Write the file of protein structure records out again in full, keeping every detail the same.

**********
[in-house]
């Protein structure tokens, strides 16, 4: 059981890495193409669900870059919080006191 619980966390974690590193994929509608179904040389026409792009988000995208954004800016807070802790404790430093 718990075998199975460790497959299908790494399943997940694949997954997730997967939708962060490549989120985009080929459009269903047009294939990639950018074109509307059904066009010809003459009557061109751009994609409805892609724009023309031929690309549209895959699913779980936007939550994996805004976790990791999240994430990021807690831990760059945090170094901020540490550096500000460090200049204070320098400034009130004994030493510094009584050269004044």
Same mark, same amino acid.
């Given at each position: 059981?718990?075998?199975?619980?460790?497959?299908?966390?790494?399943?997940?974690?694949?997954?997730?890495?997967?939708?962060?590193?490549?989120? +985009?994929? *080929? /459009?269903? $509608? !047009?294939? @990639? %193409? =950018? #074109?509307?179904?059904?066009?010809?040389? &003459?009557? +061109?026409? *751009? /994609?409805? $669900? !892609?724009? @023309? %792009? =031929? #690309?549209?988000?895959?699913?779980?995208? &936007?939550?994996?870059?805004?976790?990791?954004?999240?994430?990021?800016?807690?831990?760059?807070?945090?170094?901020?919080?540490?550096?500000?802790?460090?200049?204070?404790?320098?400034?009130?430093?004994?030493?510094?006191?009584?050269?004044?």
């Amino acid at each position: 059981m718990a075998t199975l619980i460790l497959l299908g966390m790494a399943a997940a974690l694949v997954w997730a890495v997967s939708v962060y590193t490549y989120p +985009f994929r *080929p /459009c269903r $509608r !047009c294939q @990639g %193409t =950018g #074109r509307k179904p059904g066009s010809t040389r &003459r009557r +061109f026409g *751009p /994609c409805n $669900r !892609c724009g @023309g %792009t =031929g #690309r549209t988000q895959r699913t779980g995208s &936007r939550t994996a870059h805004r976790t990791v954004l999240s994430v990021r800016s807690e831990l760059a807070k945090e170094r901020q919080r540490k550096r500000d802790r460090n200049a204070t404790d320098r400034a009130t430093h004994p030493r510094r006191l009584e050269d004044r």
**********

[in-house]
């Protein structure tokens, strides 16, 4: 059981890495193409669900870059919080006191 619980966390974690590193994929509608179904040389026409792009988000995208954004800016807070802790404790430093 718990075998199975460790497959299908790494399943997940694949997954997730997967939708962060490549989120985009080929459009269903047009294939990639950018074109509307059904066009010809003459009557061109751009994609409805892609724009023309031929690309549209895959699913779980936007939550994996805004976790990791999240994430990021807690831990760059945090170094901020540490550096500000460090200049204070320098400034009130004994030493510094009584050269004044």
Same mark, same amino acid.
């Given at each position: 059981?718990?075998?199975?619980?460790?497959?299908?966390?790494?399943?997940?974690?694949?997954?997730?890495?997967?939708?962060?590193?490549?989120? +985009?994929? *080929? /459009?269903? $509608? !047009?294939? @990639? %193409? =950018? #074109?509307?179904?059904?066009?010809?040389? &003459?009557? +061109?026409? *751009? /994609?409805? $669900? !892609?724009? @023309? %792009? =031929? #690309?549209?988000?895959?699913?779980?995208? &936007?939550?994996?870059?805004?976790?990791?954004?999240?994430?990021?800016?807690?831990?760059?807070?945090?170094?901020?919080?540490?550096?500000?802790?460090?200049?204070?404790?320098?400034?009130?430093?004994?030493?510094?006191?009584?050269?004044?």
């Amino acid at each position: 059981m718990a075998t199975l619980i460790l497959l299908g966390m790494a399943a997940a974690l694949v997954w997730a890495v997967s939708v962060y590193t490549y989120p +985009f994929r *080929p /459009c269903r $509608r !047009c294939q @990639g %193409t =950018g #074109r509307k179904p059904g066009s010809t040389r &003459r009557r +061109f026409g *751009p /994609c409805n $669900r !892609c724009g @023309g %792009t =031929g #690309r549209t988000q895959r699913t779980g995208s &936007r939550t994996a870059h805004r976790t990791v954004l999240s994430v990021r800016s807690e831990l760059a807070k945090e170094r901020q919080r540490k550096r500000d802790r460090n200049a204070t404790d320098r400034a009130t430093h004994p030493r510094r006191l009584e050269d004044r």